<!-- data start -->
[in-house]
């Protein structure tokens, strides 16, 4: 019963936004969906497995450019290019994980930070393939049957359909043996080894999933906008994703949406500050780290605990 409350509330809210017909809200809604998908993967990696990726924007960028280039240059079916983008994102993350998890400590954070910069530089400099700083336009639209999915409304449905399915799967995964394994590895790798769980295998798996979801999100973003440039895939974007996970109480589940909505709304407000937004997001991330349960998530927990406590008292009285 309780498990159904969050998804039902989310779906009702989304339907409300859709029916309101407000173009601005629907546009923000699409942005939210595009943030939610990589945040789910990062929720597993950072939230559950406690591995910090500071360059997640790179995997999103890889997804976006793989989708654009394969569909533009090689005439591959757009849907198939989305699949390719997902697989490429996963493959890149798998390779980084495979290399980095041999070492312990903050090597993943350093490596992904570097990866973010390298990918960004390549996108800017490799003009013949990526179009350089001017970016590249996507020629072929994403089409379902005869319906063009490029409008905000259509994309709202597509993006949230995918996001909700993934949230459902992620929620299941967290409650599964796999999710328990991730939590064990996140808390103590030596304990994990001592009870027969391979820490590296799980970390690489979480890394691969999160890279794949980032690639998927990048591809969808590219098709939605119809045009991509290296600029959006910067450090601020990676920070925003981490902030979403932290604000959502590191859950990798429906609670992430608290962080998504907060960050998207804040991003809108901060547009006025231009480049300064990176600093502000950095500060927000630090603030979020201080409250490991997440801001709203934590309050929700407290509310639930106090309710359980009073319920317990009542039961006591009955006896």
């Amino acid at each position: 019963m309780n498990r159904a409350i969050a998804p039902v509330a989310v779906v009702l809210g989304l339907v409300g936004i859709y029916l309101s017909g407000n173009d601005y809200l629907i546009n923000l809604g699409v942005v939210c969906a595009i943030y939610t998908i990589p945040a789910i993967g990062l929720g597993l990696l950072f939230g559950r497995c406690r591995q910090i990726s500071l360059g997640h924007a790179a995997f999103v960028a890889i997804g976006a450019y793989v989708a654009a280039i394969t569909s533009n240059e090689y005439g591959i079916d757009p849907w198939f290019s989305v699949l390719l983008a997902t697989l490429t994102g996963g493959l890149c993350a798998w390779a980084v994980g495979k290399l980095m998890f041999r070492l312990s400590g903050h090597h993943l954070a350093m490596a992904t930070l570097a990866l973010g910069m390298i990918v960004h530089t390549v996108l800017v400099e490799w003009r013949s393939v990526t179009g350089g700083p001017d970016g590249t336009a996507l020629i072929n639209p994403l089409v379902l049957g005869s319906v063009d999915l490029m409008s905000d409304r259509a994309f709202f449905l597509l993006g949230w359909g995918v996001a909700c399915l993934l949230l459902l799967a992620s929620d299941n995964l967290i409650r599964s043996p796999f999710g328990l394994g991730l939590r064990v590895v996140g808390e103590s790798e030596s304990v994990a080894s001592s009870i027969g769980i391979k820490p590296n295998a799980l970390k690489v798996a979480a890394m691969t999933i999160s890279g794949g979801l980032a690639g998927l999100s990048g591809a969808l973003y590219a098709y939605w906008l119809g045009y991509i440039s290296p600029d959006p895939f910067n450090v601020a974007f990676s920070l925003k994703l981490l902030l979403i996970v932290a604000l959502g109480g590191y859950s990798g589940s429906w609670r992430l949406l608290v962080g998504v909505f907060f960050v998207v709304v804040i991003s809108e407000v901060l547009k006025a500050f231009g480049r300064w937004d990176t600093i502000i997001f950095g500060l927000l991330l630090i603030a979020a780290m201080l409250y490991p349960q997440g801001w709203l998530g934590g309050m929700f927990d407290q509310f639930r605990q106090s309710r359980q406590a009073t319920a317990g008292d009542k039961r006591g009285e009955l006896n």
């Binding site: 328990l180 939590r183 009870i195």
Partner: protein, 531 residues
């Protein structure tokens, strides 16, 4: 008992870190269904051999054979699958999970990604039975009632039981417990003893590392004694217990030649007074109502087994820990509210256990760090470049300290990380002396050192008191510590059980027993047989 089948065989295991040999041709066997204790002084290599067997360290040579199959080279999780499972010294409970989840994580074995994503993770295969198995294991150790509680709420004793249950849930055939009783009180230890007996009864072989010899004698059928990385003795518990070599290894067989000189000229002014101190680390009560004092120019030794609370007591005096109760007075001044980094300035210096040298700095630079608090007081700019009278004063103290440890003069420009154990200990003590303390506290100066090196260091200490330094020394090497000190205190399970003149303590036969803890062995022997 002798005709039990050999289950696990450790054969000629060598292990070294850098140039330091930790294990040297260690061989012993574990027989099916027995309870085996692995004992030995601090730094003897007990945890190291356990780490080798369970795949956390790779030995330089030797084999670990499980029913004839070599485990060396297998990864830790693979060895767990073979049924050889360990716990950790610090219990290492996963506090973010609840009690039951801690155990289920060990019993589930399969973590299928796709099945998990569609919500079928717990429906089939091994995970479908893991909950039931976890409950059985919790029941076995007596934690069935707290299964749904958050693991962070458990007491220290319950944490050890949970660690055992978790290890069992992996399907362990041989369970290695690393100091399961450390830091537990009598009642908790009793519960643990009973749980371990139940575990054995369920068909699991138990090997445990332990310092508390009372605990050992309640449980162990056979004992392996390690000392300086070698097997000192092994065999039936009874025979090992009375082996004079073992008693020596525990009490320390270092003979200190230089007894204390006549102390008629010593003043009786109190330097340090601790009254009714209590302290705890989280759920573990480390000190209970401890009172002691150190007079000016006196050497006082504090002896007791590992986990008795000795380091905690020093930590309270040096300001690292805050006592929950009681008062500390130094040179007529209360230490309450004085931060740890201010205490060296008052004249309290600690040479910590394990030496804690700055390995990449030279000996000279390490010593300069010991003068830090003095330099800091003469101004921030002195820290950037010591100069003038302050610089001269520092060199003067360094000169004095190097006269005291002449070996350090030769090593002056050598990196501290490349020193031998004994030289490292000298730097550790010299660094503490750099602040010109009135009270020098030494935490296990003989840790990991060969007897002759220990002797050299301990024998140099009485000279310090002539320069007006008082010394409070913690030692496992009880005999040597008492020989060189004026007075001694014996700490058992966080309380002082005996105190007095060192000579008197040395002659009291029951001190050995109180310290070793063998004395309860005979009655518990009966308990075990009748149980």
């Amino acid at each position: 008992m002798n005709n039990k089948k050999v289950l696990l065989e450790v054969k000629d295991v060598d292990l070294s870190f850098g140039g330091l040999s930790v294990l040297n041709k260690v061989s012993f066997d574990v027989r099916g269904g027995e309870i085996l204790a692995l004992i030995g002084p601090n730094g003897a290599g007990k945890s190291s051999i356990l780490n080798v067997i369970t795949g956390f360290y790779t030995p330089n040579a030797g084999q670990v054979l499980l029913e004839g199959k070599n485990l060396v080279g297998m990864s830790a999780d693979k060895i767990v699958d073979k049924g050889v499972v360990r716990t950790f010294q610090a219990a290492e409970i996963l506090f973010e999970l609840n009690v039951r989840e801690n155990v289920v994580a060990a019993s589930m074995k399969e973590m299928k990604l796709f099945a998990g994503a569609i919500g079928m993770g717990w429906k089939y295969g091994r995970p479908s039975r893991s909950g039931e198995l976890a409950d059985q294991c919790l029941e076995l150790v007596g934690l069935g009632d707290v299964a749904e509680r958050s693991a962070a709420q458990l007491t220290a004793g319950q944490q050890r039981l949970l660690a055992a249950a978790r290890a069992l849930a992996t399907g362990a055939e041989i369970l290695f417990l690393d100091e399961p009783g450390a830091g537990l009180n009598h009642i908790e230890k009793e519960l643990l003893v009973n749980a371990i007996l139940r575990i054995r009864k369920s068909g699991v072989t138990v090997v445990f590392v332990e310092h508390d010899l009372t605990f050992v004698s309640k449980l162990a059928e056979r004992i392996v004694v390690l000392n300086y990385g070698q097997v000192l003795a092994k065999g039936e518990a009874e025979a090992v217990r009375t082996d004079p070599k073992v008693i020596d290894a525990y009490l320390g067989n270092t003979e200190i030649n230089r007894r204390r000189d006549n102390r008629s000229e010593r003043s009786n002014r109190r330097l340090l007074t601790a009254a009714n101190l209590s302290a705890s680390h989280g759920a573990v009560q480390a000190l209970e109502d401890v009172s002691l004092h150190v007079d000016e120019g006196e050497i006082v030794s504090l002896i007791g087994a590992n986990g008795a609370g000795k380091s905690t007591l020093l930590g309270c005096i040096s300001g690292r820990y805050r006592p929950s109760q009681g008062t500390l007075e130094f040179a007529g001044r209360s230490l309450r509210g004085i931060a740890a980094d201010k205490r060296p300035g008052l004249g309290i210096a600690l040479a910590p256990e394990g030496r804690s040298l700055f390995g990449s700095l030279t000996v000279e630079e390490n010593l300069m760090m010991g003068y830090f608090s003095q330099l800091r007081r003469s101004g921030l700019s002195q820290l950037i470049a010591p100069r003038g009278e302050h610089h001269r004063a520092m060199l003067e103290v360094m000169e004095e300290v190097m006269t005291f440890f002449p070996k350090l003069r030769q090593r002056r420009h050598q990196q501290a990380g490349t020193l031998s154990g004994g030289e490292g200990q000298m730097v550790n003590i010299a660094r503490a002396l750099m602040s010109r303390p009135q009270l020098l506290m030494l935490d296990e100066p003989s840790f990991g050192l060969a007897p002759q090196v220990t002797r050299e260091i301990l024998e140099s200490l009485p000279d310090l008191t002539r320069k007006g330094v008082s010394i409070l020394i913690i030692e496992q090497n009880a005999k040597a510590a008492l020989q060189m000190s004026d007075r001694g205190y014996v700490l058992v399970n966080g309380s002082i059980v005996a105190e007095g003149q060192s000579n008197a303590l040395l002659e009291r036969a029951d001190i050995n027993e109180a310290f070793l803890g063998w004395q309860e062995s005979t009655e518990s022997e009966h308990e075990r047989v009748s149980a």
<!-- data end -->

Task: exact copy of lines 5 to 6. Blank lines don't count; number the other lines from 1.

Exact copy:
Partner: protein, 531 residues
């Protein structure tokens, strides 16, 4: 008992870190269904051999054979699958999970990604039975009632039981417990003893590392004694217990030649007074109502087994820990509210256990760090470049300290990380002396050192008191510590059980027993047989 089948065989295991040999041709066997204790002084290599067997360290040579199959080279999780499972010294409970989840994580074995994503993770295969198995294991150790509680709420004793249950849930055939009783009180230890007996009864072989010899004698059928990385003795518990070599290894067989000189000229002014101190680390009560004092120019030794609370007591005096109760007075001044980094300035210096040298700095630079608090007081700019009278004063103290440890003069420009154990200990003590303390506290100066090196260091200490330094020394090497000190205190399970003149303590036969803890062995022997 002798005709039990050999289950696990450790054969000629060598292990070294850098140039330091930790294990040297260690061989012993574990027989099916027995309870085996692995004992030995601090730094003897007990945890190291356990780490080798369970795949956390790779030995330089030797084999670990499980029913004839070599485990060396297998990864830790693979060895767990073979049924050889360990716990950790610090219990290492996963506090973010609840009690039951801690155990289920060990019993589930399969973590299928796709099945998990569609919500079928717990429906089939091994995970479908893991909950039931976890409950059985919790029941076995007596934690069935707290299964749904958050693991962070458990007491220290319950944490050890949970660690055992978790290890069992992996399907362990041989369970290695690393100091399961450390830091537990009598009642908790009793519960643990009973749980371990139940575990054995369920068909699991138990090997445990332990310092508390009372605990050992309640449980162990056979004992392996390690000392300086070698097997000192092994065999039936009874025979090992009375082996004079073992008693020596525990009490320390270092003979200190230089007894204390006549102390008629010593003043009786109190330097340090601790009254009714209590302290705890989280759920573990480390000190209970401890009172002691150190007079000016006196050497006082504090002896007791590992986990008795000795380091905690020093930590309270040096300001690292805050006592929950009681008062500390130094040179007529209360230490309450004085931060740890201010205490060296008052004249309290600690040479910590394990030496804690700055390995990449030279000996000279390490010593300069010991003068830090003095330099800091003469101004921030002195820290950037010591100069003038302050610089001269520092060199003067360094000169004095190097006269005291002449070996350090030769090593002056050598990196501290490349020193031998004994030289490292000298730097550790010299660094503490750099602040010109009135009270020098030494935490296990003989840790990991060969007897002759220990002797050299301990024998140099009485000279310090002539320069007006008082010394409070913690030692496992009880005999040597008492020989060189004026007075001694014996700490058992966080309380002082005996105190007095060192000579008197040395002659009291029951001190050995109180310290070793063998004395309860005979009655518990009966308990075990009748149980």